Sunho Kim (De Anza College, Cupertino); Lang Hames (Apple); Vassil Vassilev (Princeton/CERN), Building Programming Language Infrastructure With LLVM Components (2023-07-17).
LLVM and Clang are one of the foundational instruments for building research and production programming languages. The libraries are efficient and composable providing many opportunities to build research language infrastructure. The tutorial is organized into three major parts:
Introduction, design principles, library layering (~45m) – Provides an overview of LLVM and Clang.
Just-in-Time Infrastructure (~60m) – Introduces new capabilities of ORCv2 such as speculative JITing and re-optimization using a simple language called Kaleidoscope.
Incremental compilation apt for dynamic programming languages (~45m) – Outlines how to use Clang as a library to enable build basic C/C++/Python on-demand by building a C++ interpreter which connects to the Python interpreter. Video available here.
Upon completion of the tutorials researchers learn how to set up various LLVM components and use them to quickly bootstrap their research projects.
Simeon Ehrig, Game of Life on GPU Using Cling-CUDA (2021-11-09).
This tutorial demonstrates some functions of Cling-CUDA and Jupyter Notebooks and gives an idea what you can do with C++ in a web browser. The example shows the usual workflow of simulation and analysis. The simulation runs Conway’s Game of Life on a GPU.
Garima Singh, Floating-Point Error Estimation Using Automatic Differentiation with Clad (2021-08-21).
CLAD provides an in-built floating-point error estimation framework that can automatically annotate code with error estimation information. This framework also provides the ability for users to write their own error models and use the same for generating error estimates. The aim of this tutorial is to demonstrate building a simple custom error model and using it in conjunction with CLAD’s error estimation framework.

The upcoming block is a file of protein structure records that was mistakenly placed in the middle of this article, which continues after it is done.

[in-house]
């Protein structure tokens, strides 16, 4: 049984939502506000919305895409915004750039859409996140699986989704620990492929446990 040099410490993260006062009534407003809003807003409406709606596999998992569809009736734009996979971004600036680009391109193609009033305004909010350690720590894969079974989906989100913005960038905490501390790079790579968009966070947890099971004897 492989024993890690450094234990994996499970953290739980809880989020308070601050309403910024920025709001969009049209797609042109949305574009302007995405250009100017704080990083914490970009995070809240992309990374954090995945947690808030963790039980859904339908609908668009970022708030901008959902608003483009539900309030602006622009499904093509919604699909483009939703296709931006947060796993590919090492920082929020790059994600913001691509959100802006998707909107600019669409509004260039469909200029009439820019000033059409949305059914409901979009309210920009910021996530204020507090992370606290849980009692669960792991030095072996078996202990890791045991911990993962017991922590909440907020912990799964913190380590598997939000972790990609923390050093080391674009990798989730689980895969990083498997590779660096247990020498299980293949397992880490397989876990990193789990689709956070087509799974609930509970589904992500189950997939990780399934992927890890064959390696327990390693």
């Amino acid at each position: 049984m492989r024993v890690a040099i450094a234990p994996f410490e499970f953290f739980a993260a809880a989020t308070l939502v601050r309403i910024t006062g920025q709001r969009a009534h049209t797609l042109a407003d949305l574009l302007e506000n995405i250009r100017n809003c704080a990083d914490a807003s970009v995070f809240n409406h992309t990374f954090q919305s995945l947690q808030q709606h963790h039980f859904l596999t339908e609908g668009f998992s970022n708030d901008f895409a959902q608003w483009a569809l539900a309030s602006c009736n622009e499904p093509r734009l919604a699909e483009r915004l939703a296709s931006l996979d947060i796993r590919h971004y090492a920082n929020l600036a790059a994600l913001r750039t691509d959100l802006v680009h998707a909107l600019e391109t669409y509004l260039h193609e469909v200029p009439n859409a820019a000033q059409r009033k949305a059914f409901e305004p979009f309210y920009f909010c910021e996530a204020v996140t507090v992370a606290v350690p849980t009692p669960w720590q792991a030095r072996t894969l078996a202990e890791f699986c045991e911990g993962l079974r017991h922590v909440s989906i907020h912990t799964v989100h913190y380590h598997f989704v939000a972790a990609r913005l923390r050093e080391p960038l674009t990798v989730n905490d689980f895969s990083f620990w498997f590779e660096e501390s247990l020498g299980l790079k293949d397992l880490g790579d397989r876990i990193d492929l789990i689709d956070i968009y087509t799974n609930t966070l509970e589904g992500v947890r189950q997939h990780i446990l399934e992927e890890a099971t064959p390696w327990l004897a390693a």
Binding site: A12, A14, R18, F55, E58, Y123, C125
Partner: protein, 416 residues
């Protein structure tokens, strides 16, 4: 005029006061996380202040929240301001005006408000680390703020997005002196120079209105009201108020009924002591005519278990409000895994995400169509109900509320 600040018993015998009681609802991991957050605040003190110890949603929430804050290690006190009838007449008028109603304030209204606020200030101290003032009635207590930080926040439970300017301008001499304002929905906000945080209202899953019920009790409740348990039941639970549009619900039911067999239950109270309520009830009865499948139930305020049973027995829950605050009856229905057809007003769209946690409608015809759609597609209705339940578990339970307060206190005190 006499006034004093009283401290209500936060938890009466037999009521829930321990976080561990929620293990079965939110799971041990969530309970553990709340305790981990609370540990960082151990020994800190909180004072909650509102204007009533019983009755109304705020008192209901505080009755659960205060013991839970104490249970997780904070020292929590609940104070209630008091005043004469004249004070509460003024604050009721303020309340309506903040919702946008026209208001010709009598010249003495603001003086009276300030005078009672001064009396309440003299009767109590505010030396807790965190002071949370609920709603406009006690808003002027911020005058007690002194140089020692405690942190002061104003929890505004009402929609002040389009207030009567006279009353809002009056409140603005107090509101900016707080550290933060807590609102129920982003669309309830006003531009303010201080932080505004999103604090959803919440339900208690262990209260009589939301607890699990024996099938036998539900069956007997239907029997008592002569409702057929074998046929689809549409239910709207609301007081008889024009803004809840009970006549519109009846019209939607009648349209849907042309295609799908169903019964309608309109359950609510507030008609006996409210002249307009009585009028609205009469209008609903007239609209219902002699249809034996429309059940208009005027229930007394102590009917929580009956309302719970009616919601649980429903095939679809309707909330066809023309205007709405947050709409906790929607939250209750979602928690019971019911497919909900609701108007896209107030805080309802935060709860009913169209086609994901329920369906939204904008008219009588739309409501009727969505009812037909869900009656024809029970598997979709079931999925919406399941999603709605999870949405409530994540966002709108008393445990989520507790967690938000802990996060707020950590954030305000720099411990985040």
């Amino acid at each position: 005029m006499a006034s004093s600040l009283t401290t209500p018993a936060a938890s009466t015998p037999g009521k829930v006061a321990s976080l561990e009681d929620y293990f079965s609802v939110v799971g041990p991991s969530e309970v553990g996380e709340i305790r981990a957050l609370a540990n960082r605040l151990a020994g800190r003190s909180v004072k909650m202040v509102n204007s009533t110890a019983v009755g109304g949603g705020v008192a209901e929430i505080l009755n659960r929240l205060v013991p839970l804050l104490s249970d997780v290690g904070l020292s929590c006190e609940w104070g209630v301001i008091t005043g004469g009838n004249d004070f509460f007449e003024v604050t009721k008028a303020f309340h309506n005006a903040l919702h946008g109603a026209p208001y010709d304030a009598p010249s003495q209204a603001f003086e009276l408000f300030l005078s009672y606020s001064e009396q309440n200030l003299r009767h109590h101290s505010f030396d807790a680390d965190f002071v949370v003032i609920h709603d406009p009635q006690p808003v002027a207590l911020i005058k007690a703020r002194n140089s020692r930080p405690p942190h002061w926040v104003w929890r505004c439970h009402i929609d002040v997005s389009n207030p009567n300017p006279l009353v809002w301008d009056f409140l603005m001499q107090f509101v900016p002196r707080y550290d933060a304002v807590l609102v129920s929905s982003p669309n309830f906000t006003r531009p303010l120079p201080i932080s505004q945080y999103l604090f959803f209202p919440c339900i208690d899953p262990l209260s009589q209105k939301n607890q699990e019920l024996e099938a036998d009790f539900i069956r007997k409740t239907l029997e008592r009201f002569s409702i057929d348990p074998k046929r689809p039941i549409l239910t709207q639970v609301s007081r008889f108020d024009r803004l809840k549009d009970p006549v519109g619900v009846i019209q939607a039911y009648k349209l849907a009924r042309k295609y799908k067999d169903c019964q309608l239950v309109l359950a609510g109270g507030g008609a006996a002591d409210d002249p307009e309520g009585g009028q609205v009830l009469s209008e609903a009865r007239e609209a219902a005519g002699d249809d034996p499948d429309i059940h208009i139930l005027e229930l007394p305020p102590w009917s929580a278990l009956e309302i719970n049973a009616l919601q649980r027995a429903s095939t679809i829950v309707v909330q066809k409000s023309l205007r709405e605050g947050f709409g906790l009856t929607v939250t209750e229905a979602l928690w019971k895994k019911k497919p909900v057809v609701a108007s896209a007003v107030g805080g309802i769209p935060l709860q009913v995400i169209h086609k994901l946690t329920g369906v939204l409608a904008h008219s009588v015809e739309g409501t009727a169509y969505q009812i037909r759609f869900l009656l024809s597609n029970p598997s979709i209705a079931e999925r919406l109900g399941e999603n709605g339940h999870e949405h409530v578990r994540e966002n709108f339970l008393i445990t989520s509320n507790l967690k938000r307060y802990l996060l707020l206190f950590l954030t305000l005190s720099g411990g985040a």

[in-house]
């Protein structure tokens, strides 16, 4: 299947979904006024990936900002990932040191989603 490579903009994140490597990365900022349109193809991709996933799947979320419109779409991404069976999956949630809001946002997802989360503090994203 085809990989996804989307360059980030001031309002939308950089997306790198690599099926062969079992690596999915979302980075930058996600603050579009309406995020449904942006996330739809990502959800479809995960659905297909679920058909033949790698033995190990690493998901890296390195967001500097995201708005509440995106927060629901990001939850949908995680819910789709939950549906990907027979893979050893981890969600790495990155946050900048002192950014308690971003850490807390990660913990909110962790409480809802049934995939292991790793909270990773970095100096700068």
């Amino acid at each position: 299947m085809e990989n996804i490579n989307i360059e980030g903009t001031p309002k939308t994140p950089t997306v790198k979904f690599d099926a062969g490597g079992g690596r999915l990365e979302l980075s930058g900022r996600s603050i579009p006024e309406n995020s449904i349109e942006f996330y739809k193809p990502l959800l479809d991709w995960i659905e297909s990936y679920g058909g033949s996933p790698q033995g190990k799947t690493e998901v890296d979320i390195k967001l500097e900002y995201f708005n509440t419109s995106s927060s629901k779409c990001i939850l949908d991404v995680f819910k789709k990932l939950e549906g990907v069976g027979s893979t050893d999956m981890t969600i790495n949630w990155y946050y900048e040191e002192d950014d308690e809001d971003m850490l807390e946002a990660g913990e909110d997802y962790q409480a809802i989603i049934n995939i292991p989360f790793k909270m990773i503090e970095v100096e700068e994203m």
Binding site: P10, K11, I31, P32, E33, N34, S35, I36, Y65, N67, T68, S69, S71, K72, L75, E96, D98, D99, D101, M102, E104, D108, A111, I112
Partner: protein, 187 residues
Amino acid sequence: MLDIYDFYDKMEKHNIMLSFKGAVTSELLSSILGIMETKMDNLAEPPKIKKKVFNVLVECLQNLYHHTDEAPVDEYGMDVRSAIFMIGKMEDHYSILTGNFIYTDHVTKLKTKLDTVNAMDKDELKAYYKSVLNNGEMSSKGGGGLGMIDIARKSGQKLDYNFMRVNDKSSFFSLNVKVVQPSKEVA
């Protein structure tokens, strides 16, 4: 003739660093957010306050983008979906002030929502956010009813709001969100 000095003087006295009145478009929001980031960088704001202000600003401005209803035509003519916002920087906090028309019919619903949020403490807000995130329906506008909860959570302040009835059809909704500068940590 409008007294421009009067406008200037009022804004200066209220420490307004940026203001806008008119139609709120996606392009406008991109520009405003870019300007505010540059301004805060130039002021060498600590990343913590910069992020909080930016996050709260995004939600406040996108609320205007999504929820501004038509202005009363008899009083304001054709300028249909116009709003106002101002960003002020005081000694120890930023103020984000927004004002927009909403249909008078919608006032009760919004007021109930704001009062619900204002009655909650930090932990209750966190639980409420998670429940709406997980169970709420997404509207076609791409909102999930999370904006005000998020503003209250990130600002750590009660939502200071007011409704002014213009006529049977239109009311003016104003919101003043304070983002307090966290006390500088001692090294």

Ioana Ifrim, Interactive Automatic Differentiation With Clad and Jupyter Notebooks (2021-08-20).
xeus-cling provides a Jupyter kernel for C++ with the help of the C++ interpreter cling and the native implementation of the Jupyter protocol xeus. Within the xeus-cling framework, CLAD can enable automatic differentiation (AD) such that users can automatically generate C++ code for their computation of derivatives of their functions. In mathematical optimization, the Rosenbrock function is a non-convex function used as a performance test problem for optimization problems, this tutorial shows the computation of the function’s derivatives, by employing either CLAD’s Forward Mode or Reverse Mode.
Ioana Ifrim, How to Execute Gradients Generated by Clad on a CUDA GPU (2021-08-20).
CLAD provides automatic differentiation (AD) for C/C++ and works without code modification (legacy code). Given that the range of AD application problems are defined by their high computational requirements, it means that they can greatly benefit from parallel implementations on graphics processing units (GPUs). This tutorial showcases how to firstly use CLAD to obtain your function’s gradient and how to schedule the function’s execution on the GPU.